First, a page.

Monday, October 13, 2008



The Wonderful World of
Gymnastics Compulsories

I've always thought that you are a truly addicted gymnastics fan when you will happily sit and watch the Olympic compulsory routines on YouTube. Sitting through the same routines (including the dinky floor music) over and over again really signals true dedication to your sport in my opinion.
Compulsory routines, for those of you not acquainted, were prescribed routines, set by the FIG technical committee competed in the first day of preliminary competitions at each Olympics (and other competitions) Team and all-Around scores were determined by the combined results of both the compulsory and optional routines. The routines were often more simple than the optionals of their times, but demanded excellent execution, artistry and exacting style from the athletes. Different countries took in turns to design routines for different apparatus and coaches and gymnasts often thought of the compulsories as far harder for them that the optional competitions.

Compulsories were last competed at the 1996 Olympics in Atlanta (That's an edit. I'm a spaz at the moment!) after the FIG decision to abolish them was put in place.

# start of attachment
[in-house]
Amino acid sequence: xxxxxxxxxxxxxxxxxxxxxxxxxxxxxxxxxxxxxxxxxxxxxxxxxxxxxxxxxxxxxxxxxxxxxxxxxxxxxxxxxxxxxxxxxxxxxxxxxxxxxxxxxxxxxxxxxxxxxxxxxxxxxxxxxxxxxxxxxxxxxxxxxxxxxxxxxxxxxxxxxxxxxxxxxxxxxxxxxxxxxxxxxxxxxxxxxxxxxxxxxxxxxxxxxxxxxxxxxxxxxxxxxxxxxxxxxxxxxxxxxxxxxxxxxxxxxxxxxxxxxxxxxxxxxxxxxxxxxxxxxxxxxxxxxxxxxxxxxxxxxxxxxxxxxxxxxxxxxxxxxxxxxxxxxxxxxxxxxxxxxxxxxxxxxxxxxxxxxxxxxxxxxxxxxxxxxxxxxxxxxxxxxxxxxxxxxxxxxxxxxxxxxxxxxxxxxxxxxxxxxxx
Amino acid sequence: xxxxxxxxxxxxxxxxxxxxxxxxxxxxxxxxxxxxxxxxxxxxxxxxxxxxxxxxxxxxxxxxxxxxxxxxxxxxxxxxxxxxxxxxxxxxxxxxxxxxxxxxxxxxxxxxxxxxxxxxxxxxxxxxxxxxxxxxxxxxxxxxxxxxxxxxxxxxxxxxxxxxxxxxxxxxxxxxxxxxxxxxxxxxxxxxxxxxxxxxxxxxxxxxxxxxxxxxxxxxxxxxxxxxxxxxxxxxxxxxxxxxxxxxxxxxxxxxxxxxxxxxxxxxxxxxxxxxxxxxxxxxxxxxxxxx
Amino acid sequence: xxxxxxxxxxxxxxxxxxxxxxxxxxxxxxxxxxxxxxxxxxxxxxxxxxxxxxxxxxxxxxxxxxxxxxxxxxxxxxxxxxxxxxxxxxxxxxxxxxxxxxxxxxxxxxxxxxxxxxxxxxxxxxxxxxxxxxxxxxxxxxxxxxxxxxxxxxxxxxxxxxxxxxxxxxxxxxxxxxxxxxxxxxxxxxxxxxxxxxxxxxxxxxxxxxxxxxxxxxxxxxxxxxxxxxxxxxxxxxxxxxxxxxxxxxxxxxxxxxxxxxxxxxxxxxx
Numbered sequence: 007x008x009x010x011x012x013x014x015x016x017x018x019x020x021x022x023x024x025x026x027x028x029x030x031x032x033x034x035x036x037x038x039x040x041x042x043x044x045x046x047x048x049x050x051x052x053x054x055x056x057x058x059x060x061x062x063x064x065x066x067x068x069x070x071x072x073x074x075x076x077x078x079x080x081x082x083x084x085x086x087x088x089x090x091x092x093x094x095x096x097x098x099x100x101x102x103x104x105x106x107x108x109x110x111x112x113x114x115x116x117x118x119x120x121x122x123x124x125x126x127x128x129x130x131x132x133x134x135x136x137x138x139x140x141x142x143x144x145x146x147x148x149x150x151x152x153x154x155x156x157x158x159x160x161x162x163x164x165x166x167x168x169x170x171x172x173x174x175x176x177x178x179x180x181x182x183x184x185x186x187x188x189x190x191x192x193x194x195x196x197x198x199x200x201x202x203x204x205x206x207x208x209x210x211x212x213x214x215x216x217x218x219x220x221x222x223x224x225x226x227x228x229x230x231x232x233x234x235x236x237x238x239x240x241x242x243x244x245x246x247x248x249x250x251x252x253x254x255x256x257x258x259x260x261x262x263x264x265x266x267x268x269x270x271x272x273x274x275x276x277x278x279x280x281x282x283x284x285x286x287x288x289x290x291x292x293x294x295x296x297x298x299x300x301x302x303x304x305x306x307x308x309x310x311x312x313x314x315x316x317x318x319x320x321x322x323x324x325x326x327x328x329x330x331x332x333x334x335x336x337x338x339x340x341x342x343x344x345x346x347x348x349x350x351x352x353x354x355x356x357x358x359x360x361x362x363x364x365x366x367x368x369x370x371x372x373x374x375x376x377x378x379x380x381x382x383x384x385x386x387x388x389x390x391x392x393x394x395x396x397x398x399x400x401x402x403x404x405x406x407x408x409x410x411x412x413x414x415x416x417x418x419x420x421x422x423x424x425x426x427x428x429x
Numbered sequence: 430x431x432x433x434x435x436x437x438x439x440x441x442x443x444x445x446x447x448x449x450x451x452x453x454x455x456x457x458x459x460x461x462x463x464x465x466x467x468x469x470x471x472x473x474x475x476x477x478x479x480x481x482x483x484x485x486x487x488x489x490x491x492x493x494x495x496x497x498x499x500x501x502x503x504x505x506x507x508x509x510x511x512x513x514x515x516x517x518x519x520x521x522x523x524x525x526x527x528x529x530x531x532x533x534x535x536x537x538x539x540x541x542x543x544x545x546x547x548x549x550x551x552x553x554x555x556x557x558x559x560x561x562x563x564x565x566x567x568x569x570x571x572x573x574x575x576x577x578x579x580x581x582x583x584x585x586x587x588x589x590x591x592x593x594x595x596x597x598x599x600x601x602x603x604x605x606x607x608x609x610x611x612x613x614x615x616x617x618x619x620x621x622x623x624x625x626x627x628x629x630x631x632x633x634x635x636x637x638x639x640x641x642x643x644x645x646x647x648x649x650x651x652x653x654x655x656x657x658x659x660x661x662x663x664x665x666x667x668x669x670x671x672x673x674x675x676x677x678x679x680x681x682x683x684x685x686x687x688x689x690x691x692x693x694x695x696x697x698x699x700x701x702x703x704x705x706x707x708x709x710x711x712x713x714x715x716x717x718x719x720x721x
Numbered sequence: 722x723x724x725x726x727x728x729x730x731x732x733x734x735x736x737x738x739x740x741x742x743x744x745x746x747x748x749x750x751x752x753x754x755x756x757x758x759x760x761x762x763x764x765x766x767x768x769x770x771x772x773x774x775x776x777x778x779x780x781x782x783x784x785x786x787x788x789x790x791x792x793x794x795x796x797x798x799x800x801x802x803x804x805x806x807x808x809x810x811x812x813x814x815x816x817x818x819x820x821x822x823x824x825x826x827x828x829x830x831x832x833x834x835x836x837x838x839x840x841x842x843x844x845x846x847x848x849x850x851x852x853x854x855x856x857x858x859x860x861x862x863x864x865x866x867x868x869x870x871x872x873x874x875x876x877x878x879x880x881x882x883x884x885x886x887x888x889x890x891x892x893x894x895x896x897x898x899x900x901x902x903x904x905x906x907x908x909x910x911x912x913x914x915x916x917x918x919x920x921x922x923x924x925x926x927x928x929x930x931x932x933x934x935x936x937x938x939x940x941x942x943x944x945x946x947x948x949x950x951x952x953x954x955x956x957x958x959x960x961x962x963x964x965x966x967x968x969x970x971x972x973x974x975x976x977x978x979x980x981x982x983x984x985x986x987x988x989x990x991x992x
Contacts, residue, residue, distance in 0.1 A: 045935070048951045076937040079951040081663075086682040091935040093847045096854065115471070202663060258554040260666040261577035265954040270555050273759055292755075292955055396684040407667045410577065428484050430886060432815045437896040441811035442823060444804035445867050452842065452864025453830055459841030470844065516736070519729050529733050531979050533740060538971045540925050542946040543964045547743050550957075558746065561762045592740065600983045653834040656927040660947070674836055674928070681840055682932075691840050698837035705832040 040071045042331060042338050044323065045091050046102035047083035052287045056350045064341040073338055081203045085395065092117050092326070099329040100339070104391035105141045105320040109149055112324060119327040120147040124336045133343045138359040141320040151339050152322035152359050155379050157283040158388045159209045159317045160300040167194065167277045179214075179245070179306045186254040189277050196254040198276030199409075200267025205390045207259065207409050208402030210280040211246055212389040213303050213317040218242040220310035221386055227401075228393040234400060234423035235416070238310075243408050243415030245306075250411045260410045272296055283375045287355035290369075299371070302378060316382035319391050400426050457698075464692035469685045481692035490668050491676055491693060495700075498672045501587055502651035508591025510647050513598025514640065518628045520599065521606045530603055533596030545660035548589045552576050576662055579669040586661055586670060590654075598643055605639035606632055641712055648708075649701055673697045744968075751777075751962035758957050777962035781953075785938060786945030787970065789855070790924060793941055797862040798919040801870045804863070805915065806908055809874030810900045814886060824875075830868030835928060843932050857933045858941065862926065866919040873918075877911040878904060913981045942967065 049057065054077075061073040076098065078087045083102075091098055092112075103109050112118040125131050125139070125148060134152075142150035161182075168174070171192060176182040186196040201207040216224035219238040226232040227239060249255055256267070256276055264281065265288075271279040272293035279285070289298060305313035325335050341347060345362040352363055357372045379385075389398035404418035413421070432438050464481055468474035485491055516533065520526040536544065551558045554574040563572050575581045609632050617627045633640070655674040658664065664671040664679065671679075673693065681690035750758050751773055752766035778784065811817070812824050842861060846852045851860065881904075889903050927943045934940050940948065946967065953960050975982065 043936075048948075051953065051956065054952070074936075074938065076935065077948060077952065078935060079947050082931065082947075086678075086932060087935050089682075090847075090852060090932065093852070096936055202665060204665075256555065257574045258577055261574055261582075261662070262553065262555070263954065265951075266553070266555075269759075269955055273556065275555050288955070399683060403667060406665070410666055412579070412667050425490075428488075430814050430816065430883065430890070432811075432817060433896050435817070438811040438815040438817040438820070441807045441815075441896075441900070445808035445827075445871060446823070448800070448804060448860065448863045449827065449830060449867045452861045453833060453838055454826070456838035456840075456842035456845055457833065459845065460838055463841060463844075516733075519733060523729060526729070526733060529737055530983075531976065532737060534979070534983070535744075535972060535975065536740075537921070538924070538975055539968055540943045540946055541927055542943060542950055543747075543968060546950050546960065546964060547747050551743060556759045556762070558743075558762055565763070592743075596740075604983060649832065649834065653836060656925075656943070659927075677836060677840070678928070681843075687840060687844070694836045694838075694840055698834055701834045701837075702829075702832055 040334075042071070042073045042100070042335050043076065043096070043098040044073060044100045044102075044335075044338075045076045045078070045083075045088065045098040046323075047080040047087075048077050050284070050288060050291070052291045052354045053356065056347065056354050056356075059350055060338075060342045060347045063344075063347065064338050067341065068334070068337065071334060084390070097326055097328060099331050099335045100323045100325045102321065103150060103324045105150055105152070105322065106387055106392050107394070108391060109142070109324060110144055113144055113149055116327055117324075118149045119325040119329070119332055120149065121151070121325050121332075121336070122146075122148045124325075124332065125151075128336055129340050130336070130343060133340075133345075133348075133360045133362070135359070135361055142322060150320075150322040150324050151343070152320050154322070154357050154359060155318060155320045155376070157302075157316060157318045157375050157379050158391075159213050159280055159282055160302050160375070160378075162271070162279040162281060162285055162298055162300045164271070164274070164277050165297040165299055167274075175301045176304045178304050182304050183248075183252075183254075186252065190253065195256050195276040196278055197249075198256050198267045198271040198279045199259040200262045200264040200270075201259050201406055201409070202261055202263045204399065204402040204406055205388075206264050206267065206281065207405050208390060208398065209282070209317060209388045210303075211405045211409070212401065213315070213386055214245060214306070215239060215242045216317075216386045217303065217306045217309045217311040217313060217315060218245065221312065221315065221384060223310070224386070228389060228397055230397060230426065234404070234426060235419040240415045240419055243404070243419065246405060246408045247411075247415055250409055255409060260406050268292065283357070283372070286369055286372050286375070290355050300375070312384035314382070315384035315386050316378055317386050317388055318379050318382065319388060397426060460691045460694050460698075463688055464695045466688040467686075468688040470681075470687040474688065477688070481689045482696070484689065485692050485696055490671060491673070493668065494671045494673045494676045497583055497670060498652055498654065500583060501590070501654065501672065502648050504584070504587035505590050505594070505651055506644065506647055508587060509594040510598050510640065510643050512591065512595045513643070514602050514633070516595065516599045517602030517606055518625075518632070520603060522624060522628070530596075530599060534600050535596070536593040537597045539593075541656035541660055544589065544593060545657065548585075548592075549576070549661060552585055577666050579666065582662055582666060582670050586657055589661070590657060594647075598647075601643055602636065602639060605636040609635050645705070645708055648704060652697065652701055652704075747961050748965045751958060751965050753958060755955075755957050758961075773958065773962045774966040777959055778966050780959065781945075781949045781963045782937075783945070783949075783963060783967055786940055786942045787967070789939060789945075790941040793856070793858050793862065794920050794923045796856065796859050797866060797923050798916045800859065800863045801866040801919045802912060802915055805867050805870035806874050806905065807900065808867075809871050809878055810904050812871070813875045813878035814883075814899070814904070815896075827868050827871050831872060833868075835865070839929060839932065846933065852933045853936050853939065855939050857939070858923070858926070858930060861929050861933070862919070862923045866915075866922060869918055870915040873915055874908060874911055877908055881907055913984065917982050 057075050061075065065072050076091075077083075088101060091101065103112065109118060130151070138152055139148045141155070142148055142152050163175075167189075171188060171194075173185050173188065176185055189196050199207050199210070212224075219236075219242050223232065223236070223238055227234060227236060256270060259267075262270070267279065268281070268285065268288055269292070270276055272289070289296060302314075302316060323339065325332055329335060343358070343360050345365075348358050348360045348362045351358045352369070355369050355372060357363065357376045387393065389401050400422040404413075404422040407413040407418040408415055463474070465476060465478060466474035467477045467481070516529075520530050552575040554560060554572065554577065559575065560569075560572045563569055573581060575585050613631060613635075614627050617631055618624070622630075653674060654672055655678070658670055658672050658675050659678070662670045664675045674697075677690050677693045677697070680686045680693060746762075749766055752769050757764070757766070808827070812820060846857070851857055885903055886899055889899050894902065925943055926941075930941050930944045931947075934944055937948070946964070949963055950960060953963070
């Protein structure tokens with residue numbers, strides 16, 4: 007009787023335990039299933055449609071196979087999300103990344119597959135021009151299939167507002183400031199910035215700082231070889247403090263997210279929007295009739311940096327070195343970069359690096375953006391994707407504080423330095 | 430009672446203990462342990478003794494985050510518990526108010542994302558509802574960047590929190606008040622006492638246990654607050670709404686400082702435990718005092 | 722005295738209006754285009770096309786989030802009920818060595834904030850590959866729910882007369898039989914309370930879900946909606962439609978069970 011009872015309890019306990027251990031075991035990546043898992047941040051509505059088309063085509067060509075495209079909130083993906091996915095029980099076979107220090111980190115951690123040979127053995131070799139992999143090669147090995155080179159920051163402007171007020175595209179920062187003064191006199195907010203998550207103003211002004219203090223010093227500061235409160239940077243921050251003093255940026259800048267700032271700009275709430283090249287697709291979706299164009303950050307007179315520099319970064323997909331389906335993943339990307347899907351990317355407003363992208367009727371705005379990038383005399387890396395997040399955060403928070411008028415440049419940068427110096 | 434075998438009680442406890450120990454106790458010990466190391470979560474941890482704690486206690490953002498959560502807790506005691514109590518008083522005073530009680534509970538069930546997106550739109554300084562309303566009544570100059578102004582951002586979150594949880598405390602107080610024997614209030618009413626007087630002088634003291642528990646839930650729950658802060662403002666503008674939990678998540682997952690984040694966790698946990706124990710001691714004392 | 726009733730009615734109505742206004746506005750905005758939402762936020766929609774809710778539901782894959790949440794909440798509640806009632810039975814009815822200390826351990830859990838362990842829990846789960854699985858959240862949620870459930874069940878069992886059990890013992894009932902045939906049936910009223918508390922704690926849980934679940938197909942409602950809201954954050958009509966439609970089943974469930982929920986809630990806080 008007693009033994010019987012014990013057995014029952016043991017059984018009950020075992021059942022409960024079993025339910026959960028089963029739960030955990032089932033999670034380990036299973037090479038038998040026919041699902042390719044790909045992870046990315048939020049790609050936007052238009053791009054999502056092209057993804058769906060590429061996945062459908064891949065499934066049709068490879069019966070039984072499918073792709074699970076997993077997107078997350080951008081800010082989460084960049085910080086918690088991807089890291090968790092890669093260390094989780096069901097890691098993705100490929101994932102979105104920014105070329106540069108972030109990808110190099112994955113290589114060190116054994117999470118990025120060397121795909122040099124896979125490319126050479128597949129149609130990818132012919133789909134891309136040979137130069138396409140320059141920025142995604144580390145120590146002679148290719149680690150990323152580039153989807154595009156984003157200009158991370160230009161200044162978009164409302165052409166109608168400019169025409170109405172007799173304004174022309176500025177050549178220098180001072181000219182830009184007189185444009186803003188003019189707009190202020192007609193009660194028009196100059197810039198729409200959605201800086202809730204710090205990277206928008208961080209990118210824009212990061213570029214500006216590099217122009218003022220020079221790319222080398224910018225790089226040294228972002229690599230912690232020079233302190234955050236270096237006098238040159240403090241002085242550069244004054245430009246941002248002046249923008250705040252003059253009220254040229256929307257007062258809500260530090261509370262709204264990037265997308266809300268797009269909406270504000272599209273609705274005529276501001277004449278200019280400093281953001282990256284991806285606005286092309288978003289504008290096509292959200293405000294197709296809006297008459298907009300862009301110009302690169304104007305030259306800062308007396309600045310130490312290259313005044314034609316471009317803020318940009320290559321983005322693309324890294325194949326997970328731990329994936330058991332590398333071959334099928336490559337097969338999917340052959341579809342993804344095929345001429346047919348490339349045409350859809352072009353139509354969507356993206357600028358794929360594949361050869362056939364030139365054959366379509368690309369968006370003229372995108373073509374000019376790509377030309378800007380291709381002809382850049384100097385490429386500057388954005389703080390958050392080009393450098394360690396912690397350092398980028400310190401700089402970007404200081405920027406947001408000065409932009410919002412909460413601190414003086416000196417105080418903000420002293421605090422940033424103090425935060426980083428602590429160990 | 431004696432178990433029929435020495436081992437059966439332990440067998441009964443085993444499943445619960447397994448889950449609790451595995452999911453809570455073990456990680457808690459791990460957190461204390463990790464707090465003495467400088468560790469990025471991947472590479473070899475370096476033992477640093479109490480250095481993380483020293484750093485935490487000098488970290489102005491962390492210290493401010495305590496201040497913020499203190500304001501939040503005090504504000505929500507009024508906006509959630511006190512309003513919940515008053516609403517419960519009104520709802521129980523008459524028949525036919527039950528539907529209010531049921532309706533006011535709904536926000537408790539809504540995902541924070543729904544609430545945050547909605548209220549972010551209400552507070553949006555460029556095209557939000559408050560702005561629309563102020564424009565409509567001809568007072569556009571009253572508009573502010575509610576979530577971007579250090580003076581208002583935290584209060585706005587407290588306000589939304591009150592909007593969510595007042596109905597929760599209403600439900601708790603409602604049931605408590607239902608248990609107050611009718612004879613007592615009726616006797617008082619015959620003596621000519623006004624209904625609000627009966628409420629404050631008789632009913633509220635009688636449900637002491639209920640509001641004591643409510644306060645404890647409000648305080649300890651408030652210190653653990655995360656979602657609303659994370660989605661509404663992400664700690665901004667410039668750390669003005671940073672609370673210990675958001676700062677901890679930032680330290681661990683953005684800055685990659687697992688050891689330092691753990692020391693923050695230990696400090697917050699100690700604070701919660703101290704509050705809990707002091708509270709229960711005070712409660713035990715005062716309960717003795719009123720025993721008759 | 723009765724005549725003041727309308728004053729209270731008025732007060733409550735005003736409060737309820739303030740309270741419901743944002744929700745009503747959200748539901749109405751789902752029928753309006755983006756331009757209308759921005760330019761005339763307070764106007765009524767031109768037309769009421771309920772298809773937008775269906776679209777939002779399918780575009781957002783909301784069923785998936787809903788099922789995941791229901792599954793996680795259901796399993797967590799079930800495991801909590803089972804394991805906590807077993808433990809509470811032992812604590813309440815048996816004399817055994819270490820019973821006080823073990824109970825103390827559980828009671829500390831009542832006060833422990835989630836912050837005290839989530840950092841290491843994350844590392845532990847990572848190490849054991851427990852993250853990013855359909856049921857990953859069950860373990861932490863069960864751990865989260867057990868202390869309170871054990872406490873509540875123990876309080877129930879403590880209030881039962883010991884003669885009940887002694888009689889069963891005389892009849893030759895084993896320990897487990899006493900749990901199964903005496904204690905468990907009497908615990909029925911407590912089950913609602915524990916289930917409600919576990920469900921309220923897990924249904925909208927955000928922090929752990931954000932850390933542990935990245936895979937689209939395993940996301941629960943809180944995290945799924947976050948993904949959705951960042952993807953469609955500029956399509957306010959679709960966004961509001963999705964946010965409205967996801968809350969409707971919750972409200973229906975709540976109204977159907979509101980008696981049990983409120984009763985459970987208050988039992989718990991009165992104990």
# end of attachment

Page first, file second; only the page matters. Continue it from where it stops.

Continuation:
Opinion was divided over the removal of them. Countries like China, the U.S.A and Russia wanted to keep them because they helped maintain a high level of excellence in the sport.

Others believed they made it difficult for countries with smaller, less financed gymnastics programs to to compete in major competitions while benefiting the big names.

Some didn't like them because they believed only certain body types benefited the more artistic compulsories, which relied on great extension and long lines. Some want to bring it back.

Others, like Dwight Normille, IG Online editor, claimed it would make a great change after the patchy and lacklustre men's AA competition in Beijing.
Personally, I don't know what to think. But I do know that I absolutely love watching the old set routines. So here is a list of reasons why the compulsories can actually be thoroughly entertaining.

The choreography of the routines was often really, really pretty. The acrobatic tricks were less difficult, but often more interesting and rarely used in other competitions. The floor routines were dance-y and fun and it was exciting to see dance legends like Sveta Boginskaya or Henrietta Onodi come up with the goods on a compulsory floor. It is almost breathtaking at times. On the other hand, because different countries were responsible for creating the various routines, it was interesting to see what they came up with to benefit their gymnasts.

It levelled the playing field in a way. With everyone doing the same thing, you can really play the game of comparisons, seeing which gymnasts were better at what, without the benefit of choreography tailored to suit their strengths. Like, for example, when i first saw and compared Bogey and Onodi on floor, I belive Onodi comes out on top in compulsories. She was stunning.